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The goal is to read the MAC address from a DS2502-E48 chip.

I think I accomplished this goal too with the following code, but I can't get behind at how this works. I had a similar program with a PIC chip as reference.

I checked several references about OneWire and the DS2502 but not the info I needed to hop to the right memory addresses. Where'd I normally attain the information so that I know I have to write: cc ,f0 , 0, 10 , read a random byte, and then I'm at the right position for MAC.

#include <OneWire.h>

OneWire ds(2);
void setup()   
{         
  Serial.begin(9600);


  byte i;
  byte dataLength;
  byte present = 0;
  byte data[12];
  byte addr[8];

  if ( !ds.search(addr)) {
    Serial.print("No more addresses.\n");
    ds.reset_search();
    delay(250);
    return;
  }

  ds.reset();
  ds.select(addr);

  delay(1000);     // maybe 750ms is enough, maybe not

  present = ds.reset();  
  if (present != 1 )
  {
    Serial.println("No device present, exiting...");
    return;
  }

    ds.write(0xCC);//SKIP_ROM
    ds.write(0xF0);//READ_MEMORY
    ds.write(0);  // ?
    ds.write(10); // ?
    ds.read();    // ?
    dataLength = ds.read();

    for ( i = 0; i < dataLength; i++) {           
    data[i] = ds.read();
    if ( i>3){
      Serial.print(data[i], HEX);
      Serial.print(" ");
    }
  }
}

void loop()                     
{

}
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From the DS2502 datasheet:

Skip ROM [CCh]

This command can save time in a single-drop bus system by allowing the bus master to access the memory functions without providing the 64-bit ROM code. If more than one slave is present on the bus and a read command is issued following the Skip ROM command, data collision will occur on the bus as multiple slaves transmit simultaneously (open drain pulldowns will produce a wired-AND result).

READ MEMORY [F0h]

The Read Memory command is used to read data from the 1024-bit EPROM data field. The bus master follows the command byte with a 2-byte address (TA1=(T7:T0), TA2=(T15:T8)) that indicates a starting byte location within the data field. An 8-bit CRC of the command byte and address bytes is computed by the DS2502 and read back by the bus master to confirm that the correct command word and starting address were received. If the CRC read by the bus master is incorrect, a reset pulse must be issued and the entire sequence must be repeated. If the CRC received by the bus master is correct, the bus master issues read time slots and receives data from the DS2502 starting at the initial address and continuing until the end of the 1024-bit data field is reached or until a reset pulse is issued. If reading occurs through the end of memory space, the bus master may issue eight additional read time slots and the DS2502 will respond with a 8-bit CRC of all data bytes read from the initial starting byte through the last byte of memory. After the CRC is received by the bus master, any subsequent read time slots will appear as logical 1s until a reset pulse is issued. Any reads ended by a reset pulse prior to reaching the end of memory will not have the 8-bit CRC available.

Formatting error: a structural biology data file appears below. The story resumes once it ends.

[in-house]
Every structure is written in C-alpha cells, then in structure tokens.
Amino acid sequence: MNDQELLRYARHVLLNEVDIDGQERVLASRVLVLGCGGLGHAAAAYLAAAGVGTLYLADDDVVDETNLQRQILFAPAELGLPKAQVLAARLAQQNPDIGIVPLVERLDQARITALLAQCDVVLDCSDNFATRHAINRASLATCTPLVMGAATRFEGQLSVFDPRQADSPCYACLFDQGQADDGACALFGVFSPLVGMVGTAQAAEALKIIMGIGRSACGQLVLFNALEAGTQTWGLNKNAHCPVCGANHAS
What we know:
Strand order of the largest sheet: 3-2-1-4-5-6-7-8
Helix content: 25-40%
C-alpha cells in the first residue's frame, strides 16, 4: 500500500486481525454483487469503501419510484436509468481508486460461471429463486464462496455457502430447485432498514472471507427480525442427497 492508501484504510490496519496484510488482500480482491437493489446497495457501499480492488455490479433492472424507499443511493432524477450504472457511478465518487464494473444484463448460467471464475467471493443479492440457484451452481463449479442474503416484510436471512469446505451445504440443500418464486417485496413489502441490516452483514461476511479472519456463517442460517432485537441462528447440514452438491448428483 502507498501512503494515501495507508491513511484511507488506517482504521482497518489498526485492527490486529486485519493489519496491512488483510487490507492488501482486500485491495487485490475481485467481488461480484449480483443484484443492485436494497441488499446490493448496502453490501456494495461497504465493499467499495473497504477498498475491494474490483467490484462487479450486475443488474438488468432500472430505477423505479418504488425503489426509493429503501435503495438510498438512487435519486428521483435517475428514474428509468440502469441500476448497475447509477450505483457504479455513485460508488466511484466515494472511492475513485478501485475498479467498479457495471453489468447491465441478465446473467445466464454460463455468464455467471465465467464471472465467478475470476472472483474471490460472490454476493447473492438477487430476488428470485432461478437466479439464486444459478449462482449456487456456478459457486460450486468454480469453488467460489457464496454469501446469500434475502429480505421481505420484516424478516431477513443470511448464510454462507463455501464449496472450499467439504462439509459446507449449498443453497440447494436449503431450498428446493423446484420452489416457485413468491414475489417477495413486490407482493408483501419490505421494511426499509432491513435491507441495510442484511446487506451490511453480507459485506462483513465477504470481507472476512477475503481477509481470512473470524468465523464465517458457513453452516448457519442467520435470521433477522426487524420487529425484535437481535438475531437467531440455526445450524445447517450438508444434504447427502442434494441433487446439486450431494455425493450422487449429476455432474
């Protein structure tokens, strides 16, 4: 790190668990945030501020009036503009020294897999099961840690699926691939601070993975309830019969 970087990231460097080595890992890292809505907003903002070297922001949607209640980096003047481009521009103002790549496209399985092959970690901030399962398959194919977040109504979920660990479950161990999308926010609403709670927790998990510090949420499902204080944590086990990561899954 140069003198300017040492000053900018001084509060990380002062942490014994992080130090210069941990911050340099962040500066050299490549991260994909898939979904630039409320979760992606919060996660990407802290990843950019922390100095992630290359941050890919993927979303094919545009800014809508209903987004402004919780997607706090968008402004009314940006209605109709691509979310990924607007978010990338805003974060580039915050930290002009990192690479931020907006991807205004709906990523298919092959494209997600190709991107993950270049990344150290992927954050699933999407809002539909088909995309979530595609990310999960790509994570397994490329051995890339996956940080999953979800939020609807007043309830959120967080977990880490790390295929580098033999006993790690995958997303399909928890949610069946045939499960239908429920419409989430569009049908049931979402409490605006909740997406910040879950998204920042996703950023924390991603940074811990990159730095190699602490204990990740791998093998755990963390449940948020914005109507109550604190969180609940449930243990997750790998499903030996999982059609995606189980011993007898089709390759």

So you are telling it that you want to read the memory from whatever device is on the bus, not any one specific one (since you are not needing to provide the ROM ID to identify the exat item on the bus), starting from address ((0 << 8) |10) = 10.

From the DS2502-E48 datasheet you can see the layout of the memory:

The data record starts with a length byte (0Ah) and the 4-byte UniqueWare Project ID 00001129h. The next 6 bytes contain the 48-bit node address which consists of an incrementing 24-bit extension identifier and the IEEE-assigned 24-bit company ID value 006035h. An inverted 16-bit CRC ends the data record. The remaining bytes of the 32-byte memory page remain unprogrammed. Neither the 24-bit extension identifier nor the 24-bit company ID are related to the 64-bit ROM registration number. The ROM registration number is used to provide a unique address to access the DS2502-E48 when multidropped on a 1-Wire bus.

So translating that into something more pictorial:

// Length byte
0x00: 0x0A

// UniqueWare PID
0x01: 0x00
0x02: 0x00
0x03: 0x11
0x04: 0x29

// Serialization ("extension") number
0x05: 0x?? 
0x06: 0x?? 
0x07: 0x??

// Company ID Value
0x08: 0x??
0x09: 0x??
0x0A: 0x??

// 16-bit CRC
0x0B: 0x??
0x0C: 0x??

// All the rest is EEPROM data
0x0D - 0x7F: 0x??

So by starting at address 10 (0x0A) you are reading the last byte of the company ID, the CRC, and then whatever else is in the memory after that.

To read the entire MAC address (least significant byte first) you should be starting to read at address 5.

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I found a nice writeup on this on a blog. To quote his experimental findings:

Comparing to the OneWire spec, we can tell it’s writing 0xCC, which should be SKIP_ROM. Following that is 0xF0 (ReadMem), and two bytes starting address: 0x08, 0x00.

Based on this, the zero and 10 that you are writing are apparently an address value.

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